Looking for deterministic narrative arcs rather misses the point, however – an urge itself obliquely lampooned in the Big Men’s hot air ballooning fetish. This deft condensation of joyriding, lifestyle aspiration, and the Northern kitchen sink ritual of climbing the hill and looking down on the town, leaves Don and his lieutenants flailing out of control of their territory. The flight ends impaled on the mosque tower, thus crudely counterposing failed Western secular dreams of mastery to the comparable impotence of the Muslim hierarchy in dealing with today’s complexities. Here the elders enlist Qassim’s criminal muscle to repel takeover by fundamentalists (whose imam’s ridiculous sermonising is taken verbatim from Abu Hamza speeches). Throughout the film such plot absurdities likewise signal the humility of the film-maker in relinquishing authorial omnipotence – instead bravely weaving the weft and warp of meticulously collected grass-roots anecdotes, banter and repartee to demolish pretension, free up energy and facilitate agency.
Fittingly, the children’s exploration of Mischief Night’s mysterious adult world provides most of the bite, blithely juggling real danger and heartache with naïve sass and insight. Macauley (Tina’s youngest) and friends grapple with the insanities of respectability (“My mam’s a smackhead”. “Mine’s a dinner-lady”), attracted to the relatively well-off ‘Death Row’ whose denizens – paedophiles, gangsters, lesbians – mythically link poshness with perversion. While joyrider Asif views Osama bin Laden screensavers and jihad videos as comic relief from being pressganged into drug-dealing, Tyler’s apprenticeship to grandad Don entails blundering around junkie mums and courier grans. And whereas Kimberley eventually shoots her newly-found Pakistani father, Immie’s younger sister Sarina articulates her transcendence of patriarchy in the local urban music nightclub – a temporary autonomous zone where lower-class youth of all races enjoy their own hybrid culture in relative peace away from the vexing intransigence elsewhere.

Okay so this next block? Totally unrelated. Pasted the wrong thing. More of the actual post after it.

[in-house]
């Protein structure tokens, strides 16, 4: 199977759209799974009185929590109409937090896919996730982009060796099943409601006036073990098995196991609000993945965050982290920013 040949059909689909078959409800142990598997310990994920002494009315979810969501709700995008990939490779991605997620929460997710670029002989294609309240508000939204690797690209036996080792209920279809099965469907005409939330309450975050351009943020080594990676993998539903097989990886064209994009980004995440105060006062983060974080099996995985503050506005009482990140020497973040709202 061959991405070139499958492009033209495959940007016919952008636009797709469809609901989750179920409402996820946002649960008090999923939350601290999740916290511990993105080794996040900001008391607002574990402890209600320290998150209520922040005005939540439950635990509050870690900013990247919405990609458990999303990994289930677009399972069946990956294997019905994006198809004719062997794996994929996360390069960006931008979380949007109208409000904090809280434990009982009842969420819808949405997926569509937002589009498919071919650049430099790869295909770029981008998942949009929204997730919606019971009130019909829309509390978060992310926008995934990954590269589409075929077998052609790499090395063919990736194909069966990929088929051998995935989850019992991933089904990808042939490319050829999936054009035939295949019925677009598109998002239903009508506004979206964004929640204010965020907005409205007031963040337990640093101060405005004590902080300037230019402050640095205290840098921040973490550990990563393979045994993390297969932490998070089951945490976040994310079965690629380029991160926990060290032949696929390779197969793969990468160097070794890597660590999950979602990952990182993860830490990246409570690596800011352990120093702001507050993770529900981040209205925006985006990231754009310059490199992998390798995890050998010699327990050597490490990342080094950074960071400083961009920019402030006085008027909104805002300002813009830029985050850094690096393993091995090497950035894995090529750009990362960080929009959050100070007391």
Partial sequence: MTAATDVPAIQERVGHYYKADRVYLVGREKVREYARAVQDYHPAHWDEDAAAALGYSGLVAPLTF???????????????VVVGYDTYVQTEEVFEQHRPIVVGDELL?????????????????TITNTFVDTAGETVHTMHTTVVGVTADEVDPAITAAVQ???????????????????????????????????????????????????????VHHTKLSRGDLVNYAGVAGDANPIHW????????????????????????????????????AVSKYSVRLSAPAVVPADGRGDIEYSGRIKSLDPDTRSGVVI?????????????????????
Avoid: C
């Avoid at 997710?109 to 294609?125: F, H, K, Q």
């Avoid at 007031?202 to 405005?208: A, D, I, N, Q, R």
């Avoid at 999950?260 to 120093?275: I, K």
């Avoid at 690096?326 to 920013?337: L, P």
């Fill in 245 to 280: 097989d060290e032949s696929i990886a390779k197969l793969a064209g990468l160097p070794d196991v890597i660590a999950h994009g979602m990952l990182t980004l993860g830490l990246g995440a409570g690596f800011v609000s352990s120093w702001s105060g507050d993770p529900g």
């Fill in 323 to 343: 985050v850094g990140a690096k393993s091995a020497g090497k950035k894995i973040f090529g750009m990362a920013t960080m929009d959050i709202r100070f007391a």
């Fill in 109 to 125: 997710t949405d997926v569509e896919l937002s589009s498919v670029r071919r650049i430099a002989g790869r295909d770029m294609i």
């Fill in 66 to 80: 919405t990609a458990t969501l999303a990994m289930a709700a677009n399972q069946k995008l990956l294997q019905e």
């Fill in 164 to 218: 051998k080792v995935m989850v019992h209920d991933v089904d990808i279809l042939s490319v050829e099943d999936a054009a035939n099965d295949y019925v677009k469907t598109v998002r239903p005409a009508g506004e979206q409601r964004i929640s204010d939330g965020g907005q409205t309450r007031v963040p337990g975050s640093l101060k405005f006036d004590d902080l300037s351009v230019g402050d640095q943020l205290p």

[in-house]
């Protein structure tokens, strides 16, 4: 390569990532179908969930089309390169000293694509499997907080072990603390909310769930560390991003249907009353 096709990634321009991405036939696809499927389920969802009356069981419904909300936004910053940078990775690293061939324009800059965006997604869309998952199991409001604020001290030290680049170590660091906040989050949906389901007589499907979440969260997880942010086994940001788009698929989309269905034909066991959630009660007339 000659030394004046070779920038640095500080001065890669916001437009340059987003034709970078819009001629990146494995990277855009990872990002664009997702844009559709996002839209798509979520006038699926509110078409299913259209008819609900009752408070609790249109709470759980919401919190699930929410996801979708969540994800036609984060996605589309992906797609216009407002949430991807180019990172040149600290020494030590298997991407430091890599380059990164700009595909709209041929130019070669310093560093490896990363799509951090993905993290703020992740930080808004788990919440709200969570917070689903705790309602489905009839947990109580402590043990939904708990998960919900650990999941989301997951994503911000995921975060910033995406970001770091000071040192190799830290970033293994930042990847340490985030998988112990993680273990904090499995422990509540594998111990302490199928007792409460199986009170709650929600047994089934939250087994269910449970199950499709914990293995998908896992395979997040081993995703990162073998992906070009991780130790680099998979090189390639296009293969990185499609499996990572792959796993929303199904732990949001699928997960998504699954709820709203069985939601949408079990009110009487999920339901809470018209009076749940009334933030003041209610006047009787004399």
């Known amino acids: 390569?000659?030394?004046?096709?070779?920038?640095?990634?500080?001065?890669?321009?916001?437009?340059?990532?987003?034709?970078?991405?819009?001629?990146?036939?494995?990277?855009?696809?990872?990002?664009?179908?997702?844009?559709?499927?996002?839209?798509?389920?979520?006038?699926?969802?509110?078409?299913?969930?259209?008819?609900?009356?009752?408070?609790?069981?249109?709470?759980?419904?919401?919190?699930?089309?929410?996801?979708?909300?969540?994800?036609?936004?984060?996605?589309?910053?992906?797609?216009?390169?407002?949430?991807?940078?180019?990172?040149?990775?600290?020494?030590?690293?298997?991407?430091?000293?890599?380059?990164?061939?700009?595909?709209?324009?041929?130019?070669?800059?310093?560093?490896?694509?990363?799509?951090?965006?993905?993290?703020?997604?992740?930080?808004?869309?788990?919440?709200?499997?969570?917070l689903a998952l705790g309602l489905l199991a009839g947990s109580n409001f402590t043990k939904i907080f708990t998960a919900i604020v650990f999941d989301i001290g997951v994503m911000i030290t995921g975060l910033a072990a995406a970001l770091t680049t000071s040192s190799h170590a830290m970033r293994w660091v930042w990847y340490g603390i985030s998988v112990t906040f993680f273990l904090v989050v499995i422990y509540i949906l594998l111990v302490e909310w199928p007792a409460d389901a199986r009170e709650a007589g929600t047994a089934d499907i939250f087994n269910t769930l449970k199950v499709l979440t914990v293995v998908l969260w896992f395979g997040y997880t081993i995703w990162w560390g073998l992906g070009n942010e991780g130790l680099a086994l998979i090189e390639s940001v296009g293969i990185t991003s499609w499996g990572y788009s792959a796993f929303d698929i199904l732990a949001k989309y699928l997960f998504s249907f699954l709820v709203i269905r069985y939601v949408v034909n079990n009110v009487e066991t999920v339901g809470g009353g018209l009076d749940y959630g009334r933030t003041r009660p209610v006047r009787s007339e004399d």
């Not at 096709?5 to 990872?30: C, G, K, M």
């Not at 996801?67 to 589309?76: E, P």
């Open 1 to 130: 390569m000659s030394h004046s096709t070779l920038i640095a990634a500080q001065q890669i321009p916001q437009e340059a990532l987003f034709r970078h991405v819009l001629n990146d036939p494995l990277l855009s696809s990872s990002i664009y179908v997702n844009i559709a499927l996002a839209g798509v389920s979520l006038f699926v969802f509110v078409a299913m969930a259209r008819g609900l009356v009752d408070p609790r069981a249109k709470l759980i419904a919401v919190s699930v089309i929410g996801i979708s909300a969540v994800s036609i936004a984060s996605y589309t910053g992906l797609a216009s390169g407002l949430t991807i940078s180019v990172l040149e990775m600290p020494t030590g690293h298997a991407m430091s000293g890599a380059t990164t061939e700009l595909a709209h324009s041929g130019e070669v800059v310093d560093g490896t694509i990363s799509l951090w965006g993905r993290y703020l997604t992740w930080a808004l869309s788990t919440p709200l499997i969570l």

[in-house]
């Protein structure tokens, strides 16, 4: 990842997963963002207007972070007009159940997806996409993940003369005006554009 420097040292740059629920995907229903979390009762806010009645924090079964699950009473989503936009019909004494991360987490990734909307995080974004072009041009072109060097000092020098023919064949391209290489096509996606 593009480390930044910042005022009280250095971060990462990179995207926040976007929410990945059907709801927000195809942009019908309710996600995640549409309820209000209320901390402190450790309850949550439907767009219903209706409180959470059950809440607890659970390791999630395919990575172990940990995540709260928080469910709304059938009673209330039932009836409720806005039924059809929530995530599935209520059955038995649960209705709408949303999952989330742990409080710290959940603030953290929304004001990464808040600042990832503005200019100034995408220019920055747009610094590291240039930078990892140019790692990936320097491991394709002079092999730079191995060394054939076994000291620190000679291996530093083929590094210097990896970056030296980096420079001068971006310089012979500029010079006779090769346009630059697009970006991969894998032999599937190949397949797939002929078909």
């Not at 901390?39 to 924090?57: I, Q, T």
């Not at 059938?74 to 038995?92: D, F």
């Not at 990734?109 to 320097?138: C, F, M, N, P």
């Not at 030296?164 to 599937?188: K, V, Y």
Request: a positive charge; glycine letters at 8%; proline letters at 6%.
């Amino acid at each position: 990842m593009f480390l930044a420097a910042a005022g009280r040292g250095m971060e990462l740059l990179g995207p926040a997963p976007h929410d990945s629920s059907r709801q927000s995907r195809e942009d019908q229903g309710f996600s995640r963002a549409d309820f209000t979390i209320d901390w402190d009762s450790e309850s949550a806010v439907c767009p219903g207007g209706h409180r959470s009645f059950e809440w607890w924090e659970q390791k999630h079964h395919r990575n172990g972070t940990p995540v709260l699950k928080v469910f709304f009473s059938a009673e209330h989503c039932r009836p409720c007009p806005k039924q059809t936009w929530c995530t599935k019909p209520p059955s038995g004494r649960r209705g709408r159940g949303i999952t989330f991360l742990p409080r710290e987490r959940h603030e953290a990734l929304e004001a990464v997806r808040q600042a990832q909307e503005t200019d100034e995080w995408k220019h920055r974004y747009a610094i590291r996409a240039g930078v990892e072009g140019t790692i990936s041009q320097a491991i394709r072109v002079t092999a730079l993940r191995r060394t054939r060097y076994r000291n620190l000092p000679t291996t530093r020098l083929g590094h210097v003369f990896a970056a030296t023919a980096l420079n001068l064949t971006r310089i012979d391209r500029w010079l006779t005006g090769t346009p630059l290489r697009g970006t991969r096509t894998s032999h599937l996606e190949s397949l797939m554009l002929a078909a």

Cross-matching and cross-fertilising the corrosive fissures and prejudices of white and Asian communities, the film’s hilarity consistently erodes stereotypes by remaining rooted in working-class neighbourhoods. Here, despite intense material pressures, upward mobility’s false promises are just as destructive as the baleful allure of the law of the criminal jungle in crystallising vicious circles of isolation. The desperate rearguard defence of ancestral families provides no inoculation, merely locking the generations into perpetual misery and the submission to oppression which carnival has always had the function of momentarily overturning. In fact, though now celebrated only in Yorkshire, the druidic origins of Mischief Night – a time when fairies walk the earth – predate Hallowe’en and Guy Fawkes by many centuries. While hardly supernatural, the outcomes of this highly unusual urban fairytale, “with its head in the clouds and its feet on the ground” (Woolcock), might also seem somewhat improbable. Nevertheless, its ambitious alchemy – of pragmatic irreverence for authority, laughing-off of adversity, and imaginative empathy and engagement – updates age-old formulae for survival, solidarity and resistance which are still applicable throughout the land.